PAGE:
Are you thinking of buying some new furniture for your home, perhaps with your recent tax refund or stimulus check?
The COVID pandemic has caused a nationwide kitchen appliance shortage, but it turns out the furniture shortage maybe even worse.
Melissa Taylor showed us via Zoom her couch damaged by a water leak last summer during the height of the pandemic shutdowns.
"We woke up one morning to a flood in our family room, and the water fell from the ceiling onto our couch," she said.
So Taylor and her husband rushed out to a local furniture store and ordered a new one.
But her six- to eight-week wait has turned into a six-month wait.
"I don't have the couch yet," she said. "It has been the biggest nightmare."
When she finally reached someone at the store, she got some bad news.
"They haven't started production on my couch, so here I am just waiting," Taylor said.
Many brands, many retailers.... even IKEA
It's happening to furniture buyers nationwide and not just at one store.
Last fall, Cindy Roetker told WCPO she'd been waiting four months for vanity from IKEA. Her bathroom was torn up, awaiting the new piece.
"I'm at my wit's end, and I'm starting to panic because I need a bathroom vanity," she said. (Shortly after we aired our report, we are happy to say IKEA rushed her a new vanity).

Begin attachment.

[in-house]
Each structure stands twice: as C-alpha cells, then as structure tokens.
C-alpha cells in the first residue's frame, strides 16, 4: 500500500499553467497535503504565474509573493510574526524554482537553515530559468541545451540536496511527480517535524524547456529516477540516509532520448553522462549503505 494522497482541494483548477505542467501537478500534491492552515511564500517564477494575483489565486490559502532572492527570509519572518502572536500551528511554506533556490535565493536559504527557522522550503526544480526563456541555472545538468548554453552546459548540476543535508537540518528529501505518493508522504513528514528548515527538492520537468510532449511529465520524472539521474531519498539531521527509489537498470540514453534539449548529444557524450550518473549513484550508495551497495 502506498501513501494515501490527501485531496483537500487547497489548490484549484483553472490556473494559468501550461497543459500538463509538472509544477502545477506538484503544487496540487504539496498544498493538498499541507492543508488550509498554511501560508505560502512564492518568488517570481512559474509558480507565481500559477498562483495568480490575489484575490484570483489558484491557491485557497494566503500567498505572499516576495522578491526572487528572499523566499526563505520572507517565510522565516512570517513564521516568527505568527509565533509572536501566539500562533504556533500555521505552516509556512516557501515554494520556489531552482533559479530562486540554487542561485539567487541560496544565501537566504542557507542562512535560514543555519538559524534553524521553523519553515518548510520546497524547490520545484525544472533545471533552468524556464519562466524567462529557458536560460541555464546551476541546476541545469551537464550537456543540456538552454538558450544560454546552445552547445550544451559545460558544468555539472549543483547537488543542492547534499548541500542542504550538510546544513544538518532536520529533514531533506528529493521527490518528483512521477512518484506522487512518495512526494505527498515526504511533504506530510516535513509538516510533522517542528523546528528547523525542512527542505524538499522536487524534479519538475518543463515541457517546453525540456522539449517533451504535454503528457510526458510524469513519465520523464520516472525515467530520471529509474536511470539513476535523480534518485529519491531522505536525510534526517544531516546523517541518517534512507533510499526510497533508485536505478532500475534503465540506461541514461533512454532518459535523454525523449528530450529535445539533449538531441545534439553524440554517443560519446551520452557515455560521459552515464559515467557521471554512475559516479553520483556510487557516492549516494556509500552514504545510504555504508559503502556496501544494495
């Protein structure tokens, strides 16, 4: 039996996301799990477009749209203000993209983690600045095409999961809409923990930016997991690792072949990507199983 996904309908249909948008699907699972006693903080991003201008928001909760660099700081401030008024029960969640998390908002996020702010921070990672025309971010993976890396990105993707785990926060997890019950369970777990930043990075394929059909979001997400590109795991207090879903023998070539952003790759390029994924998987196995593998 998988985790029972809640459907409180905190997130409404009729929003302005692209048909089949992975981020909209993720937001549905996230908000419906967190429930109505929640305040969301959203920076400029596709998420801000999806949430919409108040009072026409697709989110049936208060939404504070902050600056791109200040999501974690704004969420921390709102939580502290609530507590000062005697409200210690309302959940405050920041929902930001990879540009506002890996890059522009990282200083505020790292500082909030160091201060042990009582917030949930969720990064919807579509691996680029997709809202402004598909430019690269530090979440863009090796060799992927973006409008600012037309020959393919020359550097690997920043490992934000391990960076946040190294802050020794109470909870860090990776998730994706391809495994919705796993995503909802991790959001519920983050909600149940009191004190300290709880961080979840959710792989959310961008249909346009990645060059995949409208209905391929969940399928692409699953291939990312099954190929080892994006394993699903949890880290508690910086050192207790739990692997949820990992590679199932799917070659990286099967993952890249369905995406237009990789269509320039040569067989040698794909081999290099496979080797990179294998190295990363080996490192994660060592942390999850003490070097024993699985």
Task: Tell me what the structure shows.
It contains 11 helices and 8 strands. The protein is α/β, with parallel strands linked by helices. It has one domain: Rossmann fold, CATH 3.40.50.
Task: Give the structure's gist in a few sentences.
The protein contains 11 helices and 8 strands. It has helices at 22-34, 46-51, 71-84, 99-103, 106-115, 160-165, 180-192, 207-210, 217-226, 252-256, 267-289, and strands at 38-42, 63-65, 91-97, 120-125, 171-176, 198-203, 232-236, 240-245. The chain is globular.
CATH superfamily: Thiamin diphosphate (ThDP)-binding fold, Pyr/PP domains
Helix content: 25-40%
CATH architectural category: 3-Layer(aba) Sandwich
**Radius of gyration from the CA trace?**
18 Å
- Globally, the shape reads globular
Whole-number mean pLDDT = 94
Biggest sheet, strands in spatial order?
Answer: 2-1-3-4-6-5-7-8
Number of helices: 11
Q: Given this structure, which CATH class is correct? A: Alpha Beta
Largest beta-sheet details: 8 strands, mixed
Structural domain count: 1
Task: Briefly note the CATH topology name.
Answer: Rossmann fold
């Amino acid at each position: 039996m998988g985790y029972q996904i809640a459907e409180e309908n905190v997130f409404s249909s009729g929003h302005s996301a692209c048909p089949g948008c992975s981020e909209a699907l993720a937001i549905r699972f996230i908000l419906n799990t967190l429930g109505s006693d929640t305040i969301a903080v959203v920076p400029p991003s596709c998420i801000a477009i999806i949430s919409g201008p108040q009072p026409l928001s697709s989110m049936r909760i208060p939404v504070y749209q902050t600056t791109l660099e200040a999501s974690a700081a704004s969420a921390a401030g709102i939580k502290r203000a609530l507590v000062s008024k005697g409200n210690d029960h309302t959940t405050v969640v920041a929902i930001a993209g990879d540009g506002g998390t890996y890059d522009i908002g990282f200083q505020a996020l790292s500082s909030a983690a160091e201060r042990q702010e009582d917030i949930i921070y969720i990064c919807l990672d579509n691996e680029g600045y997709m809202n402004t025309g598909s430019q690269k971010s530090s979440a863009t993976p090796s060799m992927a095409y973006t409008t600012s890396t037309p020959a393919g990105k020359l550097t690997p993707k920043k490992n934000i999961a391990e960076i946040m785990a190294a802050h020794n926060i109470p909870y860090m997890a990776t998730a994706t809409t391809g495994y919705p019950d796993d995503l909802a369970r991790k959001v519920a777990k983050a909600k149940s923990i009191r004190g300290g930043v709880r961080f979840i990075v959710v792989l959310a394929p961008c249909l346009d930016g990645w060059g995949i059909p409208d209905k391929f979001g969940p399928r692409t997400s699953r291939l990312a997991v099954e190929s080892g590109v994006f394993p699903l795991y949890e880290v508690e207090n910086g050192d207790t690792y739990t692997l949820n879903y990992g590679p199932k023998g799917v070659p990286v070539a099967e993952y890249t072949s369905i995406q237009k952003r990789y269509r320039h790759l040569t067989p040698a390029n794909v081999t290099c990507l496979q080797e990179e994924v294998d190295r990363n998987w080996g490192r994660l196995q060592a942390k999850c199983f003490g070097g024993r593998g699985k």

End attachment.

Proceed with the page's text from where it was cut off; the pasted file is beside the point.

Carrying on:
Sean O'Brien is the chief marketing officer of Modloft, a contemporary furniture brand.
He blames a combination of soaring demand during the pandemic, as homeowners redid their homes, combined with months-long delays getting fabric from places like India, China, and Vietnam.
"60 percent of our items are on backorder currently," he said. "There are all sorts of places along the line where things can get backed up, and we have to be very good with communicating with the customer what is happening and when."
How to speed up delivery
So what can you do if you need that furniture tomorrow?
- Consider an upscale used furniture store.
- Or look at thrift shops for home supplies like the Habitat for Humanity's ReStore.
If you are shopping at a major furniture store:
- Ask what product the store has in their local warehouse.
- Consider the floor model if allowed.
- Be flexible as to style and color, and go with a readily available unit.
- If ordering online from a store like Wayfair, look closely at expected delivery dates.
The New York Times says the most important thing is to be patient.
If you don't know what to expect, you could end up like Melissa Taylor.
"I never imagined I would still be waiting on my couch," she said.
The bottom line: If you need to place a special order for a piece of furniture, know it could take a few months, so you don't get overly frustrated, and you don't waste your money.
Don't Waste Your Money" is a registered trademark of Scripps Media, Inc. ("Scripps").
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